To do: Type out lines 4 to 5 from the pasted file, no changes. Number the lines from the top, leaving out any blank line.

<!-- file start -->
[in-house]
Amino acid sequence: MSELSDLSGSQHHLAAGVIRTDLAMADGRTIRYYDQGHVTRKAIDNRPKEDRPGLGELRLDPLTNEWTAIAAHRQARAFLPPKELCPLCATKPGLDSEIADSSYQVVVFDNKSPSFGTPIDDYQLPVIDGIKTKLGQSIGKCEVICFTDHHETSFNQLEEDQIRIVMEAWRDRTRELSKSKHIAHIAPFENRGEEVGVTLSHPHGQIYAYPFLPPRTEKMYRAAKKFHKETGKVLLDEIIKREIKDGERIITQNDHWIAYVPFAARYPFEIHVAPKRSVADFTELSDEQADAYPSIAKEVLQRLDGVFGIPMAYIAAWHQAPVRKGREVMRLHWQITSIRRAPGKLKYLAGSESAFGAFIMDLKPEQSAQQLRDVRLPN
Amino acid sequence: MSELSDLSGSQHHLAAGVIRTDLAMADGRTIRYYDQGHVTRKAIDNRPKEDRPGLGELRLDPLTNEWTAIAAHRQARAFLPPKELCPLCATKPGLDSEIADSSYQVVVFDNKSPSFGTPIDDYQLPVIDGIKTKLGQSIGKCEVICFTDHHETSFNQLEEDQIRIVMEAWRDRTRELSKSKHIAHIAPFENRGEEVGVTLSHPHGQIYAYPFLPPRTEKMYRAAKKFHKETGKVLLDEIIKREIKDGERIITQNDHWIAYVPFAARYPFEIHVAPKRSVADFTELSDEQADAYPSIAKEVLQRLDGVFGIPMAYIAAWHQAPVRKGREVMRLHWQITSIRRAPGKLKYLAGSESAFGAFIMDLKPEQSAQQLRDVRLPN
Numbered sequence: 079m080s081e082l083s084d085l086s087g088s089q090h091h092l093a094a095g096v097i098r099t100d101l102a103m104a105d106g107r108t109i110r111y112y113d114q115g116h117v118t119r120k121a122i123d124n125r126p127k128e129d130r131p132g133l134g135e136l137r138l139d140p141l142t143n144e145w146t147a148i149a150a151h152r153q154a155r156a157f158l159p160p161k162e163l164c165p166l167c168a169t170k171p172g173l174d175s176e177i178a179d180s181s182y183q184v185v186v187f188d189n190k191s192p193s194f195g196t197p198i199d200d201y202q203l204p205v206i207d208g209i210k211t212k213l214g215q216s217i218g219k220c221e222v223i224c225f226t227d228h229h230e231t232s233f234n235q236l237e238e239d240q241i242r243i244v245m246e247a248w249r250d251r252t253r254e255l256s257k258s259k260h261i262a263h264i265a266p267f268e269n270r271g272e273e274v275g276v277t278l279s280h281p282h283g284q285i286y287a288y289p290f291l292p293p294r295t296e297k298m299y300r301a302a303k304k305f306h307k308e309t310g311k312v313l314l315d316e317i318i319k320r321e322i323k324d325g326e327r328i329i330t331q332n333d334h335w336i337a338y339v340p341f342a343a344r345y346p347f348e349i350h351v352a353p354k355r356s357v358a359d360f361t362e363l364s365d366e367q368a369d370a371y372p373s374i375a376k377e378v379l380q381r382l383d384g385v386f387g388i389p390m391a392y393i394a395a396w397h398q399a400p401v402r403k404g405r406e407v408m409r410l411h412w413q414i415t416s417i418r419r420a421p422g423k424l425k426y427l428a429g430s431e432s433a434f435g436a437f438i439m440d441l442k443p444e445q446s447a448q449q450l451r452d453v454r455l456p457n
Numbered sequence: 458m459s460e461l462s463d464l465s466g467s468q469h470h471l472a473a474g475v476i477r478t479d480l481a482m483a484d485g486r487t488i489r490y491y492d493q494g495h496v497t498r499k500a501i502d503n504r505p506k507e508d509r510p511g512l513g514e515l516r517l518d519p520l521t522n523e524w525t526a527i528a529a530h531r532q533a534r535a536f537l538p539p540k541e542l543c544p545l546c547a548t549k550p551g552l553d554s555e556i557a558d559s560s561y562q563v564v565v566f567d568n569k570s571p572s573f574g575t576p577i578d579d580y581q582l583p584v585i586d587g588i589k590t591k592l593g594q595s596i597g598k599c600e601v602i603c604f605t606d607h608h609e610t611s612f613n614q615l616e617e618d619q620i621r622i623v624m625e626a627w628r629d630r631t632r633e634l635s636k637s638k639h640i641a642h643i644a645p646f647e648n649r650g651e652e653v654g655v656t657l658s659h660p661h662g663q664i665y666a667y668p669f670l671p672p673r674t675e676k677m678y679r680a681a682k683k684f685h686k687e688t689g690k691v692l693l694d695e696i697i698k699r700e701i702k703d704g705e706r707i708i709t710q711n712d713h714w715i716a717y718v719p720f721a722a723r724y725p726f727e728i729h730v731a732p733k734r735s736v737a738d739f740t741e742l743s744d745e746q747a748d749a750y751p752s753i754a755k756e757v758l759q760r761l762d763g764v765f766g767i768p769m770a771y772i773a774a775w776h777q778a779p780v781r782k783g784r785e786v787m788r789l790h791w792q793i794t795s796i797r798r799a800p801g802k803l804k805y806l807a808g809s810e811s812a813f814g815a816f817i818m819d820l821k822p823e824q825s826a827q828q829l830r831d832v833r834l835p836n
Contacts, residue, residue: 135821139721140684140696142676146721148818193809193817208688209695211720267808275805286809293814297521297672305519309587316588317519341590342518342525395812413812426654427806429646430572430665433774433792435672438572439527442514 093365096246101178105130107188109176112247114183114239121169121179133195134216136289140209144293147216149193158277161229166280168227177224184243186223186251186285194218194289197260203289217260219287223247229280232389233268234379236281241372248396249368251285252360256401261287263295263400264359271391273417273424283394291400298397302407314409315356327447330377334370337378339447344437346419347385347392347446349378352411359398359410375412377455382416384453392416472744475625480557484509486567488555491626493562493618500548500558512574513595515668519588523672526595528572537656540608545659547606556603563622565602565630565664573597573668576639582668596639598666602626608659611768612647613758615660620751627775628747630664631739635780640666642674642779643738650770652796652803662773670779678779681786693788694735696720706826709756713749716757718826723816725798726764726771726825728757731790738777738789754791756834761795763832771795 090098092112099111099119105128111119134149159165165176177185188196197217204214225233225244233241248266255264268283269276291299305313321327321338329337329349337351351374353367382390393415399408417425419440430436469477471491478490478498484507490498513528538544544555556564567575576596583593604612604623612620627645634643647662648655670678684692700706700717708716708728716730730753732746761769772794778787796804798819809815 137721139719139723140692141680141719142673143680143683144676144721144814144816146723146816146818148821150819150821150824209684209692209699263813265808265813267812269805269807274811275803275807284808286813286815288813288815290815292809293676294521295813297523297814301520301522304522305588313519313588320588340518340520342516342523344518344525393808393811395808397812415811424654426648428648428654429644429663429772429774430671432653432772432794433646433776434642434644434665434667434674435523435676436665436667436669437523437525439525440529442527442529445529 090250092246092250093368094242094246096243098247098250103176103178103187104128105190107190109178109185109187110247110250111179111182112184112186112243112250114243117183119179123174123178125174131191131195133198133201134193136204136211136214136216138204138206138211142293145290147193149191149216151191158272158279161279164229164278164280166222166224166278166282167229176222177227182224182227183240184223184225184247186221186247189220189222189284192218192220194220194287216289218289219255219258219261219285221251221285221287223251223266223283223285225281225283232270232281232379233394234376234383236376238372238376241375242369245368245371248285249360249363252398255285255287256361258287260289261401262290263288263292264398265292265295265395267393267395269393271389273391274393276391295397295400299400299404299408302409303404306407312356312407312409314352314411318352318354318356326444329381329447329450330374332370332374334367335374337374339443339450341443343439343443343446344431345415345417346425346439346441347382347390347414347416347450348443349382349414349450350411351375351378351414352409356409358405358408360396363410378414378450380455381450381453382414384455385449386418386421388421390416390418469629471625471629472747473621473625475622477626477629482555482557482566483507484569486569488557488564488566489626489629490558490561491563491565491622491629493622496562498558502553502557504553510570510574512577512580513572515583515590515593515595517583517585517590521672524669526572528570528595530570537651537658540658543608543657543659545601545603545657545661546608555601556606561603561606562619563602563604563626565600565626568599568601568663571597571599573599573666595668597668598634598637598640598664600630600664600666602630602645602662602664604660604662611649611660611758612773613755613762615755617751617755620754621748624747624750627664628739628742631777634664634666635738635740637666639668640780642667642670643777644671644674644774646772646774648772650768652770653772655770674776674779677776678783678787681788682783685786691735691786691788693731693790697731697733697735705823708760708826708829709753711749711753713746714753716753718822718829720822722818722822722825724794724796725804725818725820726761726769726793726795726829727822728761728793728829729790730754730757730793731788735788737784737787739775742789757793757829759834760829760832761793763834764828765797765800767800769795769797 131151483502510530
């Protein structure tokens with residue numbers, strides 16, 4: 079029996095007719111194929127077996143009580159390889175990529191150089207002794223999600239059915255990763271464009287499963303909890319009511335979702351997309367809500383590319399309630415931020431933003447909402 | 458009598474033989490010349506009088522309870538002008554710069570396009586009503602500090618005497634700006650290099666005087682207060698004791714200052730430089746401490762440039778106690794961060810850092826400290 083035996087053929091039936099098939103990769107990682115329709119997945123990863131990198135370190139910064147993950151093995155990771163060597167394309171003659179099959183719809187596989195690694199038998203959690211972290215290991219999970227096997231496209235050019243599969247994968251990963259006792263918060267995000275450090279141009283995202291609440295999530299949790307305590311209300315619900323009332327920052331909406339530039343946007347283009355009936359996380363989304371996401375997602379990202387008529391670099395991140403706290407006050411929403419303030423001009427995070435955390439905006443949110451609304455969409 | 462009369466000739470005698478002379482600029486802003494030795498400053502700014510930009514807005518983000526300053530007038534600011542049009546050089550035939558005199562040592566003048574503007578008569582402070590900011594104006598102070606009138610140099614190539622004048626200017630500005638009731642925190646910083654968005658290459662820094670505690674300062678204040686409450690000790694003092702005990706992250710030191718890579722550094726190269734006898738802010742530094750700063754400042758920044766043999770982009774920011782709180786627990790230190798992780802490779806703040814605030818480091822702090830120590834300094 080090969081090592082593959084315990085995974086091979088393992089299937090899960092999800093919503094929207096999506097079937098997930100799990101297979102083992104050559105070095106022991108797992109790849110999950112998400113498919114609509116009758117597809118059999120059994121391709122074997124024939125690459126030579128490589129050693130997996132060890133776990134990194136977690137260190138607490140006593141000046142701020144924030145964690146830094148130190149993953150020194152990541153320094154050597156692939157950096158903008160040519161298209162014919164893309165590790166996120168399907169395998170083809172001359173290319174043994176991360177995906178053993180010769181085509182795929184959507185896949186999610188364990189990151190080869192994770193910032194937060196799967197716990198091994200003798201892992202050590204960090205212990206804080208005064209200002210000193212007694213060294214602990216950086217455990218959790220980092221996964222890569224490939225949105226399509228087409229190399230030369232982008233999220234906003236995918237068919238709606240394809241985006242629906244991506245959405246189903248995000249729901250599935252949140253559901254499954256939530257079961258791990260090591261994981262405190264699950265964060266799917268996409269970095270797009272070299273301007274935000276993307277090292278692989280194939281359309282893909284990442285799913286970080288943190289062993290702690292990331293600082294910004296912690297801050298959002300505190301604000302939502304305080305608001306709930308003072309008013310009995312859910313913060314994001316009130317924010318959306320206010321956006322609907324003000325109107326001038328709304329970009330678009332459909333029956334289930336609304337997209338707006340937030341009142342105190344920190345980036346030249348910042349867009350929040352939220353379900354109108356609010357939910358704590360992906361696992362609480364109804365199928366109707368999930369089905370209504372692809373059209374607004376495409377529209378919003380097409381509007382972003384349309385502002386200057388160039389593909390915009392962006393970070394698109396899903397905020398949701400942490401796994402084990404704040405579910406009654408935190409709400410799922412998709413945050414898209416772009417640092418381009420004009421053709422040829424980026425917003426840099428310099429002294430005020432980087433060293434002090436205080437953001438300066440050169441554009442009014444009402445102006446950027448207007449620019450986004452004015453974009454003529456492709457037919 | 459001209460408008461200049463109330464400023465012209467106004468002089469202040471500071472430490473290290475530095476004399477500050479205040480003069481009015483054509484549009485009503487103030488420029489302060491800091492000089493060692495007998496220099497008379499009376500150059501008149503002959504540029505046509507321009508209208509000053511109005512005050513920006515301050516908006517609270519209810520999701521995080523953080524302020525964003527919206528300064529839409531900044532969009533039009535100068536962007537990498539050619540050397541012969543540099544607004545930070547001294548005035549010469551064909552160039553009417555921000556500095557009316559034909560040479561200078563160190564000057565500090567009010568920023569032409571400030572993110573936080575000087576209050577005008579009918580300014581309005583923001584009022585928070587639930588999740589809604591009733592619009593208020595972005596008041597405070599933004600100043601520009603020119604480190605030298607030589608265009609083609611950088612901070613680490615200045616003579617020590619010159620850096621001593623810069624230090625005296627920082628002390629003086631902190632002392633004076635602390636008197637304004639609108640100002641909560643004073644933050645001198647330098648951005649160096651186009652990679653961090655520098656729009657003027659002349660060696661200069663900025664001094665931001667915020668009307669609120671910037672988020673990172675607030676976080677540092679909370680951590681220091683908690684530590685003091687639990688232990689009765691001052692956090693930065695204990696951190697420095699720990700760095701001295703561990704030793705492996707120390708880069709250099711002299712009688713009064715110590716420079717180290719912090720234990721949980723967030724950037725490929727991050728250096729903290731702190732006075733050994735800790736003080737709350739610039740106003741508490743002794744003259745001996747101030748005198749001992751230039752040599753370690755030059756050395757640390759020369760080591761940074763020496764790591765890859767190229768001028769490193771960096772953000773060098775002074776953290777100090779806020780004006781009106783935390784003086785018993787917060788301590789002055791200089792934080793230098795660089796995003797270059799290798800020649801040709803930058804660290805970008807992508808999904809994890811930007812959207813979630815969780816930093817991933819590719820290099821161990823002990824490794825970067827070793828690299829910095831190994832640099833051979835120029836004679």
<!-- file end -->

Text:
Numbered sequence: 079m080s081e082l083s084d085l086s087g088s089q090h091h092l093a094a095g096v097i098r099t100d101l102a103m104a105d106g107r108t109i110r111y112y113d114q115g116h117v118t119r120k121a122i123d124n125r126p127k128e129d130r131p132g133l134g135e136l137r138l139d140p141l142t143n144e145w146t147a148i149a150a151h152r153q154a155r156a157f158l159p160p161k162e163l164c165p166l167c168a169t170k171p172g173l174d175s176e177i178a179d180s181s182y183q184v185v186v187f188d189n190k191s192p193s194f195g196t197p198i199d200d201y202q203l204p205v206i207d208g209i210k211t212k213l214g215q216s217i218g219k220c221e222v223i224c225f226t227d228h229h230e231t232s233f234n235q236l237e238e239d240q241i242r243i244v245m246e247a248w249r250d251r252t253r254e255l256s257k258s259k260h261i262a263h264i265a266p267f268e269n270r271g272e273e274v275g276v277t278l279s280h281p282h283g284q285i286y287a288y289p290f291l292p293p294r295t296e297k298m299y300r301a302a303k304k305f306h307k308e309t310g311k312v313l314l315d316e317i318i319k320r321e322i323k324d325g326e327r328i329i330t331q332n333d334h335w336i337a338y339v340p341f342a343a344r345y346p347f348e349i350h351v352a353p354k355r356s357v358a359d360f361t362e363l364s365d366e367q368a369d370a371y372p373s374i375a376k377e378v379l380q381r382l383d384g385v386f387g388i389p390m391a392y393i394a395a396w397h398q399a400p401v402r403k404g405r406e407v408m409r410l411h412w413q414i415t416s417i418r419r420a421p422g423k424l425k426y427l428a429g430s431e432s433a434f435g436a437f438i439m440d441l442k443p444e445q446s447a448q449q450l451r452d453v454r455l456p457n
Numbered sequence: 458m459s460e461l462s463d464l465s466g467s468q469h470h471l472a473a474g475v476i477r478t479d480l481a482m483a484d485g486r487t488i489r490y491y492d493q494g495h496v497t498r499k500a501i502d503n504r505p506k507e508d509r510p511g512l513g514e515l516r517l518d519p520l521t522n523e524w525t526a527i528a529a530h531r532q533a534r535a536f537l538p539p540k541e542l543c544p545l546c547a548t549k550p551g552l553d554s555e556i557a558d559s560s561y562q563v564v565v566f567d568n569k570s571p572s573f574g575t576p577i578d579d580y581q582l583p584v585i586d587g588i589k590t591k592l593g594q595s596i597g598k599c600e601v602i603c604f605t606d607h608h609e610t611s612f613n614q615l616e617e618d619q620i621r622i623v624m625e626a627w628r629d630r631t632r633e634l635s636k637s638k639h640i641a642h643i644a645p646f647e648n649r650g651e652e653v654g655v656t657l658s659h660p661h662g663q664i665y666a667y668p669f670l671p672p673r674t675e676k677m678y679r680a681a682k683k684f685h686k687e688t689g690k691v692l693l694d695e696i697i698k699r700e701i702k703d704g705e706r707i708i709t710q711n712d713h714w715i716a717y718v719p720f721a722a723r724y725p726f727e728i729h730v731a732p733k734r735s736v737a738d739f740t741e742l743s744d745e746q747a748d749a750y751p752s753i754a755k756e757v758l759q760r761l762d763g764v765f766g767i768p769m770a771y772i773a774a775w776h777q778a779p780v781r782k783g784r785e786v787m788r789l790h791w792q793i794t795s796i797r798r799a800p801g802k803l804k805y806l807a808g809s810e811s812a813f814g815a816f817i818m819d820l821k822p823e824q825s826a827q828q829l830r831d832v833r834l835p836n